Thousands of veterans are in Northern Ireland at a service commemorating 50 years since the start of Operation Banner, the British Army's longest continuous deployment.
Operation Banner saw troops first deployed to Northern Ireland in 1969 at the height of the Troubles.
Veterans and relatives of those who lost their lives in the unrest marched through the city, just 10 miles from Belfast, which was once the site of a number of bombings and shootings during the Troubles.
Wreaths were also laid at the memorials, which are scattered through the city.
For veteran Chris Perkin, it was the first time he's returned to Northern Ireland since his tour.
"It's 30 years since I've been back," he said.
Speaking ahead of the march, Mr Perkin said: "I think this is going to be the biggest parade we're going to have for Op Banner.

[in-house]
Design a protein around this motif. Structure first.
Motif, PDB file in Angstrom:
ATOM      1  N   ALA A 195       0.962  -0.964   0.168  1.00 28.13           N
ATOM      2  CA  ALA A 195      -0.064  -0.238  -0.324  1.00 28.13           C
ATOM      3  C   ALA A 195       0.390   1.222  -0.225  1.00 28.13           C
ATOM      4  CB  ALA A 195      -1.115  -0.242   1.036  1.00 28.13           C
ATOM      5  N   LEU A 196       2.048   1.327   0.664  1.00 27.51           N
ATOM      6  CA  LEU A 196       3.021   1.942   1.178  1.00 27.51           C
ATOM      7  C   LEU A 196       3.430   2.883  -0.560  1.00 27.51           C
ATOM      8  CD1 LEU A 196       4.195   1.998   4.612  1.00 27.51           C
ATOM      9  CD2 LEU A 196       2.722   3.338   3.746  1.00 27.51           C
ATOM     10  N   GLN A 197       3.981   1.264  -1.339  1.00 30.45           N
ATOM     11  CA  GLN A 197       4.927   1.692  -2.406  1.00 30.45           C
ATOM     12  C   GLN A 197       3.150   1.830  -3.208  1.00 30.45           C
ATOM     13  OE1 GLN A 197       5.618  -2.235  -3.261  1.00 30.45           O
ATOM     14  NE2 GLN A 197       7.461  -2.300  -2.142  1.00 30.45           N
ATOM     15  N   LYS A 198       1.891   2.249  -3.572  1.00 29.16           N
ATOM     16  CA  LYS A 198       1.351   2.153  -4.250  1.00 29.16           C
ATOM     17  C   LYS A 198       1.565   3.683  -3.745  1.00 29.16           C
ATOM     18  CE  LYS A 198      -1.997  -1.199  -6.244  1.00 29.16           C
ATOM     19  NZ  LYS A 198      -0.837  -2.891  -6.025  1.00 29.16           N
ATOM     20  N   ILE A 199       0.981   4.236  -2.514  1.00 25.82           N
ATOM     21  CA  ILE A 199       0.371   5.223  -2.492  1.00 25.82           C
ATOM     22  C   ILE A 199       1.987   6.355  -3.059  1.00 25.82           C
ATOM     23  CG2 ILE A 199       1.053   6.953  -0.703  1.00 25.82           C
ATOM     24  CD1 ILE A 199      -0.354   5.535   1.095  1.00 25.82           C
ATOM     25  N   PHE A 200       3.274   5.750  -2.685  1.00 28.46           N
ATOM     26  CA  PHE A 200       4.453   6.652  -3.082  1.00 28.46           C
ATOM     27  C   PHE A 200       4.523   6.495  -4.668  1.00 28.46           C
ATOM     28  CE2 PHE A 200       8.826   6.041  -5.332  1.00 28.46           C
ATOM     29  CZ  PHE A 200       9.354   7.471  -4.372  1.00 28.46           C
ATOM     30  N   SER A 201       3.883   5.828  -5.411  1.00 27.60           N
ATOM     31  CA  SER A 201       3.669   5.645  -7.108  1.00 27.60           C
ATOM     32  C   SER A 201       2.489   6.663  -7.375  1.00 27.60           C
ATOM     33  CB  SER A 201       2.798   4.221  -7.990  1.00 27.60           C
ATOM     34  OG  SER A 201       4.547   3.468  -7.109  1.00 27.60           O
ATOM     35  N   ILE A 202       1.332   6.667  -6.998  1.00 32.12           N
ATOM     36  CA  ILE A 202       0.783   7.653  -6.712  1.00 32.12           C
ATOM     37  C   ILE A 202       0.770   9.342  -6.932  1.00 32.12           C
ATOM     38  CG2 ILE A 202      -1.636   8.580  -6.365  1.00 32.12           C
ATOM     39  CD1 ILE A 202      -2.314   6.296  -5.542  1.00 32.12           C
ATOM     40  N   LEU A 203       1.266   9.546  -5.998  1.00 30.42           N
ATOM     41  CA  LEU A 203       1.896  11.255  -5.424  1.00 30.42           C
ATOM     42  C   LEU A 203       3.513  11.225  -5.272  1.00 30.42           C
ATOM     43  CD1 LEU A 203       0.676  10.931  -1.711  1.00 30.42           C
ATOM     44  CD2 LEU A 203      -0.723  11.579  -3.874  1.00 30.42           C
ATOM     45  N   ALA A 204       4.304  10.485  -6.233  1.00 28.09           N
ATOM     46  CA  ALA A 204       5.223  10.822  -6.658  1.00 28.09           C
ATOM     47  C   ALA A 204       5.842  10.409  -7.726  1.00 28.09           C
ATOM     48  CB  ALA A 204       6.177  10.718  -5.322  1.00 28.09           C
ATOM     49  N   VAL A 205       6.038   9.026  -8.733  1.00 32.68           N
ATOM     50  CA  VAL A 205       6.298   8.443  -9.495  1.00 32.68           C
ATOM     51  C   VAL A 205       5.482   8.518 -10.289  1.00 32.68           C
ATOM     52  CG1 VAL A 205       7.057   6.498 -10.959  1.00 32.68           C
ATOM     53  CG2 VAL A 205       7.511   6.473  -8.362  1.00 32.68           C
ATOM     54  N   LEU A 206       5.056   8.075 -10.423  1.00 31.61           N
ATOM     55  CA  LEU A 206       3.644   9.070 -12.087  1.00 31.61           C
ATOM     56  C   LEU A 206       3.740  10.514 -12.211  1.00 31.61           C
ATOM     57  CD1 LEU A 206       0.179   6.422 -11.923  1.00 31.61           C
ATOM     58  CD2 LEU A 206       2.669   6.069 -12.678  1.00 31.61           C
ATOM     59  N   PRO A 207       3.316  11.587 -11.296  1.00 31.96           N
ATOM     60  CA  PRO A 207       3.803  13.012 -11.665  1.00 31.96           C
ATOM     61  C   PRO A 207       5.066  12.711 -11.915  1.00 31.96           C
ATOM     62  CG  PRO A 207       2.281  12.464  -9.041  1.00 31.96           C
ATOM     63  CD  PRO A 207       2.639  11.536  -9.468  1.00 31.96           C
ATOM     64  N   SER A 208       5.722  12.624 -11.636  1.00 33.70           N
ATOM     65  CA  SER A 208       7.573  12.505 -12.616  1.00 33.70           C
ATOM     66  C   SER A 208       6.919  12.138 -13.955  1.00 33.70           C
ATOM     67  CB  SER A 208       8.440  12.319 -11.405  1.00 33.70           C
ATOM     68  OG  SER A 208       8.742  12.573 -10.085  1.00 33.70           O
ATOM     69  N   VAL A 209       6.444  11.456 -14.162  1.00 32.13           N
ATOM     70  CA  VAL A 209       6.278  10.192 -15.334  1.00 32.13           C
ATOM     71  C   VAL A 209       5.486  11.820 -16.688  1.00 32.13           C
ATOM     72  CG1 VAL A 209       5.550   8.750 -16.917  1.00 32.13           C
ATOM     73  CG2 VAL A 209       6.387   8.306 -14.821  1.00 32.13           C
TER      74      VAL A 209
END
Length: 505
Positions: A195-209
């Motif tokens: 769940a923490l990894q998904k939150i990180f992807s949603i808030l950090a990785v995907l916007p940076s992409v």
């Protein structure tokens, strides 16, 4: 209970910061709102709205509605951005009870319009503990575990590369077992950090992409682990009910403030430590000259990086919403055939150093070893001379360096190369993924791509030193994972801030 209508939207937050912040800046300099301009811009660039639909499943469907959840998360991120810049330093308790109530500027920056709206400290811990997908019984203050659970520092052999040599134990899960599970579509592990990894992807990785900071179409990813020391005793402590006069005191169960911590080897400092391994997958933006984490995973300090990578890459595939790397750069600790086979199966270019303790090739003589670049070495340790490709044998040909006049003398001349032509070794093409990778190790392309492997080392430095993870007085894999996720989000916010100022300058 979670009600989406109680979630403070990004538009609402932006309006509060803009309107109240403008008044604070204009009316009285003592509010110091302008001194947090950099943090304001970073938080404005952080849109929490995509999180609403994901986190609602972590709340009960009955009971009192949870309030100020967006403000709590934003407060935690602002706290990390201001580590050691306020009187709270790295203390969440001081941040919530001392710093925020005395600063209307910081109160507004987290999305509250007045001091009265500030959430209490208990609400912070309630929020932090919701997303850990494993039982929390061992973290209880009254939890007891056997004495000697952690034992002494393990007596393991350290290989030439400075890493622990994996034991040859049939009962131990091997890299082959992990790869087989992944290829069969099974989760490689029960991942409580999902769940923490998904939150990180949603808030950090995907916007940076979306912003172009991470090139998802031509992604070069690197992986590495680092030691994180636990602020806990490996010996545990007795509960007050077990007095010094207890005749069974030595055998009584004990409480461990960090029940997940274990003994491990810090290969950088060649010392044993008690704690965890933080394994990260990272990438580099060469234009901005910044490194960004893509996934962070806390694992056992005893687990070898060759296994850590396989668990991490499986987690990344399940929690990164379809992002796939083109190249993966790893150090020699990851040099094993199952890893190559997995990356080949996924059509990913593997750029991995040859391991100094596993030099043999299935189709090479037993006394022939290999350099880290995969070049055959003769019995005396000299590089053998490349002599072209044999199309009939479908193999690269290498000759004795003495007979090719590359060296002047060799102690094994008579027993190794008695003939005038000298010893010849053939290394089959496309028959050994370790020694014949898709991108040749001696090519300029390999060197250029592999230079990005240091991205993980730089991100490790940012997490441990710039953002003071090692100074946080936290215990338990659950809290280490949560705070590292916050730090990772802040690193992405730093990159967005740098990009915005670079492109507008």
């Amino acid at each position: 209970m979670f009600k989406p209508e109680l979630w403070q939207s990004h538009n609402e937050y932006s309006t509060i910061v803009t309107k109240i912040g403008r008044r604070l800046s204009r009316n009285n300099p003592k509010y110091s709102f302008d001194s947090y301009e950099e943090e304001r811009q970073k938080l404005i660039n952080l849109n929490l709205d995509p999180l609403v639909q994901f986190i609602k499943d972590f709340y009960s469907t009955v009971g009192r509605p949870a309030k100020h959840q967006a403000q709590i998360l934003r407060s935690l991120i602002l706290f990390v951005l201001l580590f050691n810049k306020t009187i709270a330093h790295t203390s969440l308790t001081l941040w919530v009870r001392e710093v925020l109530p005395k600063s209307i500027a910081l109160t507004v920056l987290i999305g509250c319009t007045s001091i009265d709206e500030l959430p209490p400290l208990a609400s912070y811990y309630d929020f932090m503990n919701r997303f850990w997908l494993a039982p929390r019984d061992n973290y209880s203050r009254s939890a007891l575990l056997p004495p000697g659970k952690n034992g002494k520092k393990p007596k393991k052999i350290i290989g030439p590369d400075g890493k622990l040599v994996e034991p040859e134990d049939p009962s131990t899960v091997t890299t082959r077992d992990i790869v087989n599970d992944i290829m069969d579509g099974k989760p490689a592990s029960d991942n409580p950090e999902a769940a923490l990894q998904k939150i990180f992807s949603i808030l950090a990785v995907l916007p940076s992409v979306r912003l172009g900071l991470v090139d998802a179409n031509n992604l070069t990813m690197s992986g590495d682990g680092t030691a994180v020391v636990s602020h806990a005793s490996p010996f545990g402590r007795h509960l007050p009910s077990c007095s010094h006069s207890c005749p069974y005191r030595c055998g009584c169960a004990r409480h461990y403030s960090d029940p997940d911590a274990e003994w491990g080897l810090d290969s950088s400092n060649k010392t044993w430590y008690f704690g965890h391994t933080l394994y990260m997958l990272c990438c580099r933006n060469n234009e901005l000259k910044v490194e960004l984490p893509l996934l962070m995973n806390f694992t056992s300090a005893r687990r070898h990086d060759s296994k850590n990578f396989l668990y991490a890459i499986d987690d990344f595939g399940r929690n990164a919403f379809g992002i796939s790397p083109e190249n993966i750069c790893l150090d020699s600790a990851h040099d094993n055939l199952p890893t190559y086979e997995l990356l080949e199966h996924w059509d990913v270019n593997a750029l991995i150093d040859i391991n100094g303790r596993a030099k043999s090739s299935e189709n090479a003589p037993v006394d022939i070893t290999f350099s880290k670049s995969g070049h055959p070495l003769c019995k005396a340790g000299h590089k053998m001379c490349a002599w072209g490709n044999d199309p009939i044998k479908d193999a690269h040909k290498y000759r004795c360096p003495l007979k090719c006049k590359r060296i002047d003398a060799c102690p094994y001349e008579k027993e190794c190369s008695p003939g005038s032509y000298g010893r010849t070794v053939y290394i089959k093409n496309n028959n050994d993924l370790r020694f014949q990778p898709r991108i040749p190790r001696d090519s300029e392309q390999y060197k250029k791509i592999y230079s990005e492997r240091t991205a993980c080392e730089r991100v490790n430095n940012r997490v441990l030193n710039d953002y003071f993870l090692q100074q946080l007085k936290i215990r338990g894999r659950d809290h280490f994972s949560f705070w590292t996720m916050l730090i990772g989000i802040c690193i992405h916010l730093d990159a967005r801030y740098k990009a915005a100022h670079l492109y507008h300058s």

"It's remembering friends and people who have died.
"To come here and remember people for this parade is an honour."
Leader of the Democratic Unionist Party (DUP) Arlene Foster, and Defence Minister Anne-Marie Trevelyan also paid their respects.
Ms Foster said she was "grateful" that there's a generation who never lived through the Troubles, after her father was shot in his own home during the conflict.
She said: "It is important that those who served during that time are remembered and recognised and I think that is what today is all about."
Ms Trevelyan echoed Ms Foster's comments, saying: "It's such an honour to be here".